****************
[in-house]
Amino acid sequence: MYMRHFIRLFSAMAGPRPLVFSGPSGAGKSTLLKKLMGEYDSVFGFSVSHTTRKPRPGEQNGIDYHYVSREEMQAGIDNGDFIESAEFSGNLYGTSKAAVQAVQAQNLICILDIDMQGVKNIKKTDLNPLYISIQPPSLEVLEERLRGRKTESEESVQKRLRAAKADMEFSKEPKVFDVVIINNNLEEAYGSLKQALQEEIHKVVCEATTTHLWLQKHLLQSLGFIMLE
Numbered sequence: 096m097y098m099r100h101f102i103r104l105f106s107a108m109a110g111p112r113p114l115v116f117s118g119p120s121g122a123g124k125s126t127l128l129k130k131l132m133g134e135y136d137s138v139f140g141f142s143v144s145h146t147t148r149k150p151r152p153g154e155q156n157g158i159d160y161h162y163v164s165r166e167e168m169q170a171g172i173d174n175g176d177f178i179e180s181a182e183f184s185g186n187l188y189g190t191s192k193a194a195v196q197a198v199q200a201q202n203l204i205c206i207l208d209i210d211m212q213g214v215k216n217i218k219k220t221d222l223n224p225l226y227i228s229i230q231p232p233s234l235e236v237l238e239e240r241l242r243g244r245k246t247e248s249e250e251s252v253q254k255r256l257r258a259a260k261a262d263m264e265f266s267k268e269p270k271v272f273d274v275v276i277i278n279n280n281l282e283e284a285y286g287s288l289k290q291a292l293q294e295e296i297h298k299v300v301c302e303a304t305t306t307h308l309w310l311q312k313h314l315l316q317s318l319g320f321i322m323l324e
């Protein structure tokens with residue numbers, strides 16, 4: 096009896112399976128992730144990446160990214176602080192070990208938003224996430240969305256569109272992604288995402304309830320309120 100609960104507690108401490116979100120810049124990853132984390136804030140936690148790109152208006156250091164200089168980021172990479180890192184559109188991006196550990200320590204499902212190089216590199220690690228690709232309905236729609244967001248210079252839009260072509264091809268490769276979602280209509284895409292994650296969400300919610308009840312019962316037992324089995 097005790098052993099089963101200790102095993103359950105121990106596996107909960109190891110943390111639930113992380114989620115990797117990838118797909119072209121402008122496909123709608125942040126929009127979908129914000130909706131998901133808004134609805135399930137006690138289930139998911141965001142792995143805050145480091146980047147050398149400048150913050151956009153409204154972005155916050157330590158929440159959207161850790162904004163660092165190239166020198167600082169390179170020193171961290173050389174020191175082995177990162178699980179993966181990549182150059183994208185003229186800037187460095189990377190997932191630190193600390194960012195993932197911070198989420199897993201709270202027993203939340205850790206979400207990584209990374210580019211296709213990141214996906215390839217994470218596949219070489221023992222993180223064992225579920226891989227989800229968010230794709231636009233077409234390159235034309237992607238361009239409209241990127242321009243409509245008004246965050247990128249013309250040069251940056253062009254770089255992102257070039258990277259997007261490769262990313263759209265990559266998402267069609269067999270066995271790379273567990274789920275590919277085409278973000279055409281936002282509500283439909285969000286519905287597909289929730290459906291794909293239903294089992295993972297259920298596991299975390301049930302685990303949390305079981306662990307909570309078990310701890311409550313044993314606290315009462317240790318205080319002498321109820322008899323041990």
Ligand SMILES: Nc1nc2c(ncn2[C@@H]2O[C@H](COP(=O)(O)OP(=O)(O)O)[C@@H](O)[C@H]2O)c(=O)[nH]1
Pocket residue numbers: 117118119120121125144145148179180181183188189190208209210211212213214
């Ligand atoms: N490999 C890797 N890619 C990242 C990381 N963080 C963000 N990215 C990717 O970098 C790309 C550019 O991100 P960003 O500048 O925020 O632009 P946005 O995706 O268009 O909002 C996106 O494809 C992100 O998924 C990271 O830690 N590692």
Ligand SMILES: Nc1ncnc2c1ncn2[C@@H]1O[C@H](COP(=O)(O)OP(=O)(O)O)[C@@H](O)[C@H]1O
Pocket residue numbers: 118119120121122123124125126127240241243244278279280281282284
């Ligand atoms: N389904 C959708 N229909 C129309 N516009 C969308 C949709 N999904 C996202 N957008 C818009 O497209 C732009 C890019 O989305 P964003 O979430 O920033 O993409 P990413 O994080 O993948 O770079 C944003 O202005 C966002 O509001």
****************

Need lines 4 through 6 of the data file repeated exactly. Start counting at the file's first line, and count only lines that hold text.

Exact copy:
């Protein structure tokens with residue numbers, strides 16, 4: 096009896112399976128992730144990446160990214176602080192070990208938003224996430240969305256569109272992604288995402304309830320309120 100609960104507690108401490116979100120810049124990853132984390136804030140936690148790109152208006156250091164200089168980021172990479180890192184559109188991006196550990200320590204499902212190089216590199220690690228690709232309905236729609244967001248210079252839009260072509264091809268490769276979602280209509284895409292994650296969400300919610308009840312019962316037992324089995 097005790098052993099089963101200790102095993103359950105121990106596996107909960109190891110943390111639930113992380114989620115990797117990838118797909119072209121402008122496909123709608125942040126929009127979908129914000130909706131998901133808004134609805135399930137006690138289930139998911141965001142792995143805050145480091146980047147050398149400048150913050151956009153409204154972005155916050157330590158929440159959207161850790162904004163660092165190239166020198167600082169390179170020193171961290173050389174020191175082995177990162178699980179993966181990549182150059183994208185003229186800037187460095189990377190997932191630190193600390194960012195993932197911070198989420199897993201709270202027993203939340205850790206979400207990584209990374210580019211296709213990141214996906215390839217994470218596949219070489221023992222993180223064992225579920226891989227989800229968010230794709231636009233077409234390159235034309237992607238361009239409209241990127242321009243409509245008004246965050247990128249013309250040069251940056253062009254770089255992102257070039258990277259997007261490769262990313263759209265990559266998402267069609269067999270066995271790379273567990274789920275590919277085409278973000279055409281936002282509500283439909285969000286519905287597909289929730290459906291794909293239903294089992295993972297259920298596991299975390301049930302685990303949390305079981306662990307909570309078990310701890311409550313044993314606290315009462317240790318205080319002498321109820322008899323041990």
Ligand SMILES: Nc1nc2c(ncn2[C@@H]2O[C@H](COP(=O)(O)OP(=O)(O)O)[C@@H](O)[C@H]2O)c(=O)[nH]1
Pocket residue numbers: 117118119120121125144145148179180181183188189190208209210211212213214